Is Pharmacy headed for a “perfect storm” ?

Those of us who have a very long hind-sight of the working of our profession, we should have seen this coming. At the beginning of my career, the average Rx price was $4 -$5, there was no such thing as a “drug card”, the number of available generics could be counted on one or two hands and wholesale prices were so stable that we often had them memorized. Medicare & Medicaid were in their infancy, prescriptions collectively were ~ 6% of all medical costs.

The industry that we know today as the PBM’s was started in 1969-1970 with the UAW contract. Payments to pharmacy was ~ AWP + 2.00..but the only discount from AWP from the wholesaler was a 2% for prompt payment… so AWP was THE COST of the meds… the pt’s co-pay was typically $2.00… the pt paid the “dispensing fee” and the insurance company paid for the “cost of the drug”. The gross margins were in the 40%-50% range .. similar to all the cash Rxs.

In the early 70’s as the numbers covered by Medicaid increased dramatically, Congress pursued the MAC program (Maximum Allowable Price).. for Medicaid while states implemented some sort of mandatory generic substitution programs for everyone. The growth of the per-cent of overall generic utilization was set in place.

Over the years, the increase in generic utilization blunted the overall growth in dollars spent on medications, while the PBM’s whittled away at our gross margin profits. Until a few years ago, it was believed that the generic utilization ceiling would be around 75%… Today that ceiling is to believed to be 85%. Irregardless, we are quickly approaching where increasing generic utilization will not long be part of containing overall medication costs.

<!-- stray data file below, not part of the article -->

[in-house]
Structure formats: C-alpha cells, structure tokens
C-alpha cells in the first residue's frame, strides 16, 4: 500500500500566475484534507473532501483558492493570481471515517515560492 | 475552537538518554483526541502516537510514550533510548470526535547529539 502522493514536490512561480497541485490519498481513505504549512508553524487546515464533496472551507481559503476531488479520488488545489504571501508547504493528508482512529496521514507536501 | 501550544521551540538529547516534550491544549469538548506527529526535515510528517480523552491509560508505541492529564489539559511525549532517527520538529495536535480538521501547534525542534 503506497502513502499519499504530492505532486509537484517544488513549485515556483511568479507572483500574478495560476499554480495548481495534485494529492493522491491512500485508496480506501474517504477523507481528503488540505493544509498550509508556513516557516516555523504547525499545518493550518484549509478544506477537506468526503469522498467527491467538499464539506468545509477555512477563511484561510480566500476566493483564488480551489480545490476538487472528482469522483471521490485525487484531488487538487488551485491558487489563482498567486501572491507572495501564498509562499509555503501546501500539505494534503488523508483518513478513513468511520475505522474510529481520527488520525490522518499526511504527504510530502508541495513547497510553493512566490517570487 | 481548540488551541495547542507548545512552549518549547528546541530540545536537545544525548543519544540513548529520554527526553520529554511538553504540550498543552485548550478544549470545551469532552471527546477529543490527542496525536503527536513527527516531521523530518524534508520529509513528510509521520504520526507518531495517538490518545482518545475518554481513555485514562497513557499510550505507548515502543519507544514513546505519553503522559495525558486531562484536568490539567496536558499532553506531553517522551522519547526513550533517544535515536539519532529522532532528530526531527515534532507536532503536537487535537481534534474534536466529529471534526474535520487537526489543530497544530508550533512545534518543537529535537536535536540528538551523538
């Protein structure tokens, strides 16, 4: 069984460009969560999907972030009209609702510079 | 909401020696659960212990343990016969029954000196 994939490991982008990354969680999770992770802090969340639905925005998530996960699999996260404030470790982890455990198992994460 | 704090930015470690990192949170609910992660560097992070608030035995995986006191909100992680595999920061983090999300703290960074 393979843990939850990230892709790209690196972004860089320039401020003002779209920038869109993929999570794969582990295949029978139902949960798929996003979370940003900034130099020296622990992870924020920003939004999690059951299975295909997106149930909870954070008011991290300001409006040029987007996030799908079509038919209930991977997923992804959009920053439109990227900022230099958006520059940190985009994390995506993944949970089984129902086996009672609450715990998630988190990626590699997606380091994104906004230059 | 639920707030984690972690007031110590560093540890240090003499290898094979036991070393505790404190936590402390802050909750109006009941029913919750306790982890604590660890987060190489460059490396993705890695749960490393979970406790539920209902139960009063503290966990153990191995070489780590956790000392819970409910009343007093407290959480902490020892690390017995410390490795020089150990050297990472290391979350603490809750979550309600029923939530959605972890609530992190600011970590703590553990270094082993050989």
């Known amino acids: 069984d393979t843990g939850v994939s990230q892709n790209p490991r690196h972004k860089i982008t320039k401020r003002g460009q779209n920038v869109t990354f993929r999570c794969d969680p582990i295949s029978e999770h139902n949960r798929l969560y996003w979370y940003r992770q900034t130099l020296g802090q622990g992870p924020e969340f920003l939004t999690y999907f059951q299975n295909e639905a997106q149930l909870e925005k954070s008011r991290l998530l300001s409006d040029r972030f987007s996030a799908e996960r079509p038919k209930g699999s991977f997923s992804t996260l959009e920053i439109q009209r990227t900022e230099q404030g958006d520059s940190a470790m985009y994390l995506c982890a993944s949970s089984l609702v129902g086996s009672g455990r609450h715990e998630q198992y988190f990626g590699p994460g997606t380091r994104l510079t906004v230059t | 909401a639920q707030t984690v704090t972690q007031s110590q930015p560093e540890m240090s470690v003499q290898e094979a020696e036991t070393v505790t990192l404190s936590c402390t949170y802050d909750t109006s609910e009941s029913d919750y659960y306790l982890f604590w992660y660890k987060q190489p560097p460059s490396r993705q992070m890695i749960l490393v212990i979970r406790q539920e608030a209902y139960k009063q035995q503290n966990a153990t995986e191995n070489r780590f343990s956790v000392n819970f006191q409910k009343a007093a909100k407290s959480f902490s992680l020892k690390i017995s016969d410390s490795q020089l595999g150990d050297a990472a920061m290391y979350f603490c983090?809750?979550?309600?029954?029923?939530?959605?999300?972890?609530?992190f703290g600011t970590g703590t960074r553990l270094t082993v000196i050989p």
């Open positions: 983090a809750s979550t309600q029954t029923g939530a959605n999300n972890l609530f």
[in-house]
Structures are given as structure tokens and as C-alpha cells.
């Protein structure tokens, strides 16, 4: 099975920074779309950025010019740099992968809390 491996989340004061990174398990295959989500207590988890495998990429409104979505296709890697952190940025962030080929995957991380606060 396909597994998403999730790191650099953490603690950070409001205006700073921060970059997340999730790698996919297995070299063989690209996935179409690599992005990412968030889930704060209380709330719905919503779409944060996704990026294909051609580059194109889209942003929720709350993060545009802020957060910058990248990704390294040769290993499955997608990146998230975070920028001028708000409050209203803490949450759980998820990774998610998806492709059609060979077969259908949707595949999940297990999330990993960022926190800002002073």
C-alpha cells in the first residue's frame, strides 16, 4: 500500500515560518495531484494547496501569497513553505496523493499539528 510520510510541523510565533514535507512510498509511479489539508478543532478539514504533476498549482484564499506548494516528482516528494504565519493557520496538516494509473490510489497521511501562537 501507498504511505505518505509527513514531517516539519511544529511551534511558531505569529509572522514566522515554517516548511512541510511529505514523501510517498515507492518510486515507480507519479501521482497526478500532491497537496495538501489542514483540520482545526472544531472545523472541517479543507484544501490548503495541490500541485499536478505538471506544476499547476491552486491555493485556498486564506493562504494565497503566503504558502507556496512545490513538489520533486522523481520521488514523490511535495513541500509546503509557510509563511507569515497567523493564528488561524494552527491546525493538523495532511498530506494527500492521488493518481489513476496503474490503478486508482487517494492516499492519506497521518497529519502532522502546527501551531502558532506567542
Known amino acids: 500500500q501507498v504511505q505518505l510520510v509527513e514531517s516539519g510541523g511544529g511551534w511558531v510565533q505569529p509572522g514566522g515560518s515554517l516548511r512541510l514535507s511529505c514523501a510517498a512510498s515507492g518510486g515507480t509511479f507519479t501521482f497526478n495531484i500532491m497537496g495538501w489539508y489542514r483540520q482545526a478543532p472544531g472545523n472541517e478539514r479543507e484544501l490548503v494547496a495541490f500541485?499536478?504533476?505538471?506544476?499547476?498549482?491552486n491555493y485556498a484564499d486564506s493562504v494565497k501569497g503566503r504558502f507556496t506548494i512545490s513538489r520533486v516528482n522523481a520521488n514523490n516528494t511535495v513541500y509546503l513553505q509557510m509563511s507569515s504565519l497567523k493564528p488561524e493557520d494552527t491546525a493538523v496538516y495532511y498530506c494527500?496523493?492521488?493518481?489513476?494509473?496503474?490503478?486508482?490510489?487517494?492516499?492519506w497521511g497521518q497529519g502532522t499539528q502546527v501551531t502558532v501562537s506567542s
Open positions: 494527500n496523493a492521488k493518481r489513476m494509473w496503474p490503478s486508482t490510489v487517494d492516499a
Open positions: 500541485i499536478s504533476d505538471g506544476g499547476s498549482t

Likewise, entities such as Walgreens, have decided that they can no longer generate a profit with the ever decreasing margins that the PBM’s wish to pay. It has been stated by Walgreens that Express Scripts’ net profit per Rx is THIRTEEN TIMES that of Walgreens. It would seem that it is only a matter of time before some of the other entities come to the same conclusion, that they cannot make up losses with volume.

So as we seemingly approach this point of maxing out generic utilization and the “no where to go” of further lowering gross profits at the retail level. Is the gross expenditures for medications about to start of significant uphill climb just when all of healthcare is going to start looking for ways to get more “bang for their buck”.

Is all these decades of pharmacy helping to “holding the line” on increased medication expenditures going to be over-looked, discounted, ignored because we will be dealing with “what have you saved us today” mentality.

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